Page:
7,000 years ago, communities of shepherds, farmers and artisans populated Andalusia. They lived together with their flocks in natural refuges, where they slept, cooked meat, cereals and vegetables and worked clay. In one of those places it has been discovered that its inhabitants practiced cannibalism. Specifically in the cave of the Bull, in the El Torcal de Antequera (Málaga), where they have found traces of teeth and human bites in ribs, a sternum and phalanges of other congeners. There have also been evidenced cuts made with tools to separate the meat from the skeletal remains. In addition, a skull carved like a cup that had previously been boiled and skinned has been found. "Cannibalism is a practice that until now was unknown in the Ancient Neolithic, that is, about 7,000 years ago," explains Dimas Martín Socas, Professor of Prehistory at the University of La Laguna, who together with his counterpart and archaeologist María Dolores Camalich -Massieu studies this space since the mid-seventies.
Both met the cave in 1975 and the material they found, intact and well preserved, encouraged them to conduct a research campaign in 1977. Four more followed until 1988. They found remains of seven individuals in two different sets (four adults, two adolescents and one child) and, after a long study, presented the final results of their work in 2004. Now, with the help of an interdisciplinary team of researchers, novel analysis techniques and data thrown by new DNA tests and the dating by carbon 14, have returned to walk the road with more tools. And that renewed look at all the documentation has allowed them, finally, to demonstrate the existence of cannibalism in the cavity. Above all, thanks to the detection of that careful work to turn a skull into an object to drink, "as if it had been a stone carving," says Camalich-Massieu.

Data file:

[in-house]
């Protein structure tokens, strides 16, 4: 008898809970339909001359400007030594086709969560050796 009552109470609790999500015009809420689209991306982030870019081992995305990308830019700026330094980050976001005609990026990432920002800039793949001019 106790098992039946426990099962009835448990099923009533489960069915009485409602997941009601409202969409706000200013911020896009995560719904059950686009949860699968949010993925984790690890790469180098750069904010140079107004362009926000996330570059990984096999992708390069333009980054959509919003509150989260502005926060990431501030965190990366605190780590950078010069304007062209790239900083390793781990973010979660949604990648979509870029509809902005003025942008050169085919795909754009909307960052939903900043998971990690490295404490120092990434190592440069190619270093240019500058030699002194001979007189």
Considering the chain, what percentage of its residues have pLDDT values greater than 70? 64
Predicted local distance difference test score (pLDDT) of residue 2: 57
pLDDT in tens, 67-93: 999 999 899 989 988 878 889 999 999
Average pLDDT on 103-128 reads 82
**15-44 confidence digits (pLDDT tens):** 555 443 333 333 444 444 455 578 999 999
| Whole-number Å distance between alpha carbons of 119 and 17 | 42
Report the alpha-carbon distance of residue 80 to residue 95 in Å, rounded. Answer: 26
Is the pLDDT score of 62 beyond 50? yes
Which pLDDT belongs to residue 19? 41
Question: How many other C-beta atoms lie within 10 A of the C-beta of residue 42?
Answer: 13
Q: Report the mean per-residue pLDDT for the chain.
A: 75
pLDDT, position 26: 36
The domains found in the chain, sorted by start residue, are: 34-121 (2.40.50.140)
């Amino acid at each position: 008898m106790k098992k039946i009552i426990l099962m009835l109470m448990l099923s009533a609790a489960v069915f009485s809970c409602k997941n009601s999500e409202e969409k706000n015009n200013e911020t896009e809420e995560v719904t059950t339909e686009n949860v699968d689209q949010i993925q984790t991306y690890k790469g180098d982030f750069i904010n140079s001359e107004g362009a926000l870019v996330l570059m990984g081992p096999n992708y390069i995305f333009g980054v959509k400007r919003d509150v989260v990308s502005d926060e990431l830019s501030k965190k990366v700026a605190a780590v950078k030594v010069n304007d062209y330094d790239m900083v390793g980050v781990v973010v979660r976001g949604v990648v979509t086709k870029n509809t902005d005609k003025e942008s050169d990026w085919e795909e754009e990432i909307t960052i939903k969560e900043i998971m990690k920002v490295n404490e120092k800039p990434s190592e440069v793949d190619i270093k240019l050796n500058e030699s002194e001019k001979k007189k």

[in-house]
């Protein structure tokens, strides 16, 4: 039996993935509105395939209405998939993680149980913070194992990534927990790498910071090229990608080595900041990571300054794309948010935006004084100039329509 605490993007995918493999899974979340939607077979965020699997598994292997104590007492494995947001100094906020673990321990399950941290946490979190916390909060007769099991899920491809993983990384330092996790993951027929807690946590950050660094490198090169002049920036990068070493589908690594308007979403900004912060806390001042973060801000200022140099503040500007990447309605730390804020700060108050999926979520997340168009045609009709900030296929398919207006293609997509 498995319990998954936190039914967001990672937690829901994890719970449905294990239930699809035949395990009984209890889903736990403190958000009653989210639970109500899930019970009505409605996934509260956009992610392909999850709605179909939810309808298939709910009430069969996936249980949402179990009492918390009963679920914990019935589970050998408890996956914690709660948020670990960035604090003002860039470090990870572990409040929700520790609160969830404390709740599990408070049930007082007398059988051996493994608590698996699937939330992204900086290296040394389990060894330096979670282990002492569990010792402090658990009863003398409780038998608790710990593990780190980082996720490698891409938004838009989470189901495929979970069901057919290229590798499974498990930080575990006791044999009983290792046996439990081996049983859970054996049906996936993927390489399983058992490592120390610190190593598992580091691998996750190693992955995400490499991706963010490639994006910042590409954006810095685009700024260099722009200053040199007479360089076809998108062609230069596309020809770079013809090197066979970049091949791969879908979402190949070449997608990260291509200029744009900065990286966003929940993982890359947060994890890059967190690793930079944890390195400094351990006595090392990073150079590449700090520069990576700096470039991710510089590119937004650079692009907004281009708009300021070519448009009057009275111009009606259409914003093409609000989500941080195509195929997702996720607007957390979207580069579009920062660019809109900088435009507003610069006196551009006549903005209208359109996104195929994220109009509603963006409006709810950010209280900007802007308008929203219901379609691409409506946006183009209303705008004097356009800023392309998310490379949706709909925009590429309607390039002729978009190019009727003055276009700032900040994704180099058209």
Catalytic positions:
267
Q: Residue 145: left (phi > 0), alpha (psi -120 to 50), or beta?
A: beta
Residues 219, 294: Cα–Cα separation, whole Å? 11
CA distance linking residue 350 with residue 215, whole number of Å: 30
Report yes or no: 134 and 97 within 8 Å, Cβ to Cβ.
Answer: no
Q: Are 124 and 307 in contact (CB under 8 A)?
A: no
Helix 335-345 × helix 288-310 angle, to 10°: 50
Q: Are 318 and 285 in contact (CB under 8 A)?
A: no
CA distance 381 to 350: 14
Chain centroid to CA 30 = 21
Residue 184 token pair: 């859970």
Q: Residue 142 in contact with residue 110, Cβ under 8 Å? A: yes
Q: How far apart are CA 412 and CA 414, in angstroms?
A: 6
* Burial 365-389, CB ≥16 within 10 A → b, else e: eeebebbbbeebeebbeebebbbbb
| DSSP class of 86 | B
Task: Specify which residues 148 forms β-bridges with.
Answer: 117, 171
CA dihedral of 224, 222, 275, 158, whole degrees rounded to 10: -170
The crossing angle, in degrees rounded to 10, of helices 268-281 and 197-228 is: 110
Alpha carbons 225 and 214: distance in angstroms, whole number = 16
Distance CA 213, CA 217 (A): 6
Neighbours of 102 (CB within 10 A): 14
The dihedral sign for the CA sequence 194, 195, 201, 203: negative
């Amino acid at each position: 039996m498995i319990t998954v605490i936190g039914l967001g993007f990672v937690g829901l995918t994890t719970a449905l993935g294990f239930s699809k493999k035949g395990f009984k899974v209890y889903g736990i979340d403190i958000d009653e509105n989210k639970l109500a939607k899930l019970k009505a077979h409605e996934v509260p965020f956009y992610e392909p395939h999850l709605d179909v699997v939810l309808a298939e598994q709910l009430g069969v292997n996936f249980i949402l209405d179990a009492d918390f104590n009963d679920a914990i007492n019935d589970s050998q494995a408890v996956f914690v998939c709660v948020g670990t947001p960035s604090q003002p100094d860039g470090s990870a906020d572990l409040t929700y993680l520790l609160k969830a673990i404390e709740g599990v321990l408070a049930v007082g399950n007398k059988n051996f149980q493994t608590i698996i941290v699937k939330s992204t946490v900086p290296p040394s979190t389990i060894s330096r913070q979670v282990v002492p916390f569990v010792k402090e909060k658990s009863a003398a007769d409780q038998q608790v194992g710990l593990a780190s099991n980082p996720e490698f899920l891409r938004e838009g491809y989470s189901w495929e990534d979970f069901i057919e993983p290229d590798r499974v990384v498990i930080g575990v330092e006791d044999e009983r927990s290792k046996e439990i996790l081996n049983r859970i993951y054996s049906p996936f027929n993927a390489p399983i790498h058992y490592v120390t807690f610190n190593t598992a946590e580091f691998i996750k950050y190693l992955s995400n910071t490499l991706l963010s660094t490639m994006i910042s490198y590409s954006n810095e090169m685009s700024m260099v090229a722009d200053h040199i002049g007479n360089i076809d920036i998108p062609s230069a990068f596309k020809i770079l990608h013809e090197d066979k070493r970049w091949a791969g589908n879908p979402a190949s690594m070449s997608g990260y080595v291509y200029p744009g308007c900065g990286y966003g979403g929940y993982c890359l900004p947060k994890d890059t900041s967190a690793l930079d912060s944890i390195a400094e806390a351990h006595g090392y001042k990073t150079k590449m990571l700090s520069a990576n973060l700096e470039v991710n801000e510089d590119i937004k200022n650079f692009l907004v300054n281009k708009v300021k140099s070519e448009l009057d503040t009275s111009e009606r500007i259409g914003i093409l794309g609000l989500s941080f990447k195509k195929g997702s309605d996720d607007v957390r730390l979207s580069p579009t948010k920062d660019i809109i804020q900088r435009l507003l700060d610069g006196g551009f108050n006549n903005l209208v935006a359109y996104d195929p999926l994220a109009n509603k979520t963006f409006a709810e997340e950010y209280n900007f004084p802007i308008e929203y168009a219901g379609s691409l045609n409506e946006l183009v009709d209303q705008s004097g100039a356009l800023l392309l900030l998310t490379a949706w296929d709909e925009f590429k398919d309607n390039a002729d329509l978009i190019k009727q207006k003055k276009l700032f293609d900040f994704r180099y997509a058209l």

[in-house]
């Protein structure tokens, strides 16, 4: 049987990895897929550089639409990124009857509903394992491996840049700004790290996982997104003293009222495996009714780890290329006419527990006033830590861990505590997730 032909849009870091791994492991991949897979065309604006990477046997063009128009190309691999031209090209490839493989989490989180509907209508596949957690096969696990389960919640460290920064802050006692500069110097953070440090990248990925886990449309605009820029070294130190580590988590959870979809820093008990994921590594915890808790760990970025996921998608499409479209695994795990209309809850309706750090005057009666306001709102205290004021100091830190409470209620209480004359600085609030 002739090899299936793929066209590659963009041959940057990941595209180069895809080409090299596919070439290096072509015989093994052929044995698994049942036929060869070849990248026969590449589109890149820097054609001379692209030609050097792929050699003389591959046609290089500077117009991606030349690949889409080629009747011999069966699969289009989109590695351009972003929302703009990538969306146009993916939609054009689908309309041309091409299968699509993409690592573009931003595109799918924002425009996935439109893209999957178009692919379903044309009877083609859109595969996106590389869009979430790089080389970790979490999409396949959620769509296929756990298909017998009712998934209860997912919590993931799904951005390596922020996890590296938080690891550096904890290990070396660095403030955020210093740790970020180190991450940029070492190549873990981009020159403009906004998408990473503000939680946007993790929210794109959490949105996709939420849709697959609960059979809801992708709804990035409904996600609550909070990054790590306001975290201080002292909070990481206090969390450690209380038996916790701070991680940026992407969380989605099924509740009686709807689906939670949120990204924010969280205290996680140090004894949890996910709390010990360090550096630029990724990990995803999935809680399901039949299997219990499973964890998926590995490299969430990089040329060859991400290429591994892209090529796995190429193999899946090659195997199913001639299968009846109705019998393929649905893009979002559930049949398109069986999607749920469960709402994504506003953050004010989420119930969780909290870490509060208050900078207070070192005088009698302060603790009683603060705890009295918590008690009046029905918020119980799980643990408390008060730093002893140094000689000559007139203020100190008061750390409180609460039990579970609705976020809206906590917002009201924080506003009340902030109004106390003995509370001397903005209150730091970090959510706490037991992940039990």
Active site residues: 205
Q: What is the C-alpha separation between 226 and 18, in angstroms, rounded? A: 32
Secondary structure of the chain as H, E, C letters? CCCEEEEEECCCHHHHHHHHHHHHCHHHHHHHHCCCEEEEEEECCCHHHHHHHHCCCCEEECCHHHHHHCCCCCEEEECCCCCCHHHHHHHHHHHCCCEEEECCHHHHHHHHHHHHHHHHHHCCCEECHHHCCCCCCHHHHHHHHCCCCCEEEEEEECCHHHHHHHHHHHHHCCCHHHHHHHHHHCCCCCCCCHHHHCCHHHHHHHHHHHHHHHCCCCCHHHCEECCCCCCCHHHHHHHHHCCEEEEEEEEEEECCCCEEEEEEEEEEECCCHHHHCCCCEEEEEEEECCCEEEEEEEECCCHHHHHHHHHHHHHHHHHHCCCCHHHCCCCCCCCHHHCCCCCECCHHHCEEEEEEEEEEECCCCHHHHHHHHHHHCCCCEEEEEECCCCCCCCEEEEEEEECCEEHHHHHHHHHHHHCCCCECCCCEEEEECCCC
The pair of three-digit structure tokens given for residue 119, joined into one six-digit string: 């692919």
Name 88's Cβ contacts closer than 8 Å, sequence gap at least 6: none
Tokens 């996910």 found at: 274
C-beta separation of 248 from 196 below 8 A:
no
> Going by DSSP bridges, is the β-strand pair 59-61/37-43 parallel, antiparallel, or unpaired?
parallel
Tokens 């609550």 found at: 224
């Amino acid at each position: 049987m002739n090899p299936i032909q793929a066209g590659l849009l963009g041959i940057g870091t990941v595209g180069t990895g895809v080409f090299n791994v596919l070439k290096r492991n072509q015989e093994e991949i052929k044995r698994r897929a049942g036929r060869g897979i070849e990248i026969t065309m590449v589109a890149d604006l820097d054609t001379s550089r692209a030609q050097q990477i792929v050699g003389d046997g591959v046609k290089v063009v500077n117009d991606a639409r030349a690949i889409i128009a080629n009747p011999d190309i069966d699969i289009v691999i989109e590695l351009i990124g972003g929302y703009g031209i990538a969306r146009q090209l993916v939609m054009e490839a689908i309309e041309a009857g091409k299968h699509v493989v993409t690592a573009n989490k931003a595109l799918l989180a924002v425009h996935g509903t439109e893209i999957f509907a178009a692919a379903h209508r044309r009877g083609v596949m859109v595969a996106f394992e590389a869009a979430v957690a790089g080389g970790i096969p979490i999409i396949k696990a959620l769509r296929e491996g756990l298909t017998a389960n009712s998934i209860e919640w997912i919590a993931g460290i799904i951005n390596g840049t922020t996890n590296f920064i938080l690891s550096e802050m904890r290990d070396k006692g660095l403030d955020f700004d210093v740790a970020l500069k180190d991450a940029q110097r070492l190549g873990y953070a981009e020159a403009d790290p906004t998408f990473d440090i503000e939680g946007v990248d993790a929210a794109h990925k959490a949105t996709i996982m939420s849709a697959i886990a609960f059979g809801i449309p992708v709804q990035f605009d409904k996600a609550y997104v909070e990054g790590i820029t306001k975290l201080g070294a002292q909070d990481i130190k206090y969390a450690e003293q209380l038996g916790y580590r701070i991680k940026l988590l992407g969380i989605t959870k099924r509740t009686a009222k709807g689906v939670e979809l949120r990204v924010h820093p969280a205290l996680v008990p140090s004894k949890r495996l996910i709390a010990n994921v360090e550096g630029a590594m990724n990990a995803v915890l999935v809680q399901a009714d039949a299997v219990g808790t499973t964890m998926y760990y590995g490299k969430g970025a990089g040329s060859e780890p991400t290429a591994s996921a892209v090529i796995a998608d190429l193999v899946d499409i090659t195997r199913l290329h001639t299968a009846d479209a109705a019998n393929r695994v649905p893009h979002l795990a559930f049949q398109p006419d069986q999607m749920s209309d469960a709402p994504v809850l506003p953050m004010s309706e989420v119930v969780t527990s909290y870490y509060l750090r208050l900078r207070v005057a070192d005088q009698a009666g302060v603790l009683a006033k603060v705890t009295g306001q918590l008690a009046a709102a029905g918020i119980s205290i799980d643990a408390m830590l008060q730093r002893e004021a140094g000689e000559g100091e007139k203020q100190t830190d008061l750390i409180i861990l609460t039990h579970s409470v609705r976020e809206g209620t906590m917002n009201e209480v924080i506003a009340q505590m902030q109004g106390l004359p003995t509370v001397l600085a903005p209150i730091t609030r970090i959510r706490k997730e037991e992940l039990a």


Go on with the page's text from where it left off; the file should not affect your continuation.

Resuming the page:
The results of the genetic study of the 101 bone fragments found have established that there are only first degree consanguinity relations in two of the seven individuals found, which could be mother and daughter or sisters. And independently of his remains, there was that cranium worked and a jaw whose genetics was not related to them. It is precisely another of the keys that has allowed to demonstrate the cannibalism in the inhabitants of this refuge, since it allows to raise the hypothesis of the existence of a cannibalism that included the consumption of human parts within a funerary ritual. The other alternative posed by researchers is the practice of aggressive cannibalism between enemy groups formed by members of the same family, as stated in the article published in the scientific journal American Journal of Physical Anthropology.
The found remains of wheat, barley, lentils, beans, acorns and goat and sheep meat inside the cavity allow to discard the idea that hunger was related to this practice. "The analysis of human remains does not indicate any problem of food type: they had a complex and rich diet," underlines Camalich, who along with Dimas has presented the results of this work together with a team of archaeological performances led by Jonathan Santana, from the University of Durham (United Kingdom) and formed by Francisco Javier Rodríguez-Santos, of the International Institute of Prehistoric Research of Cantabria of the University of Santander and Rosa Fregel, of the University of La Laguna.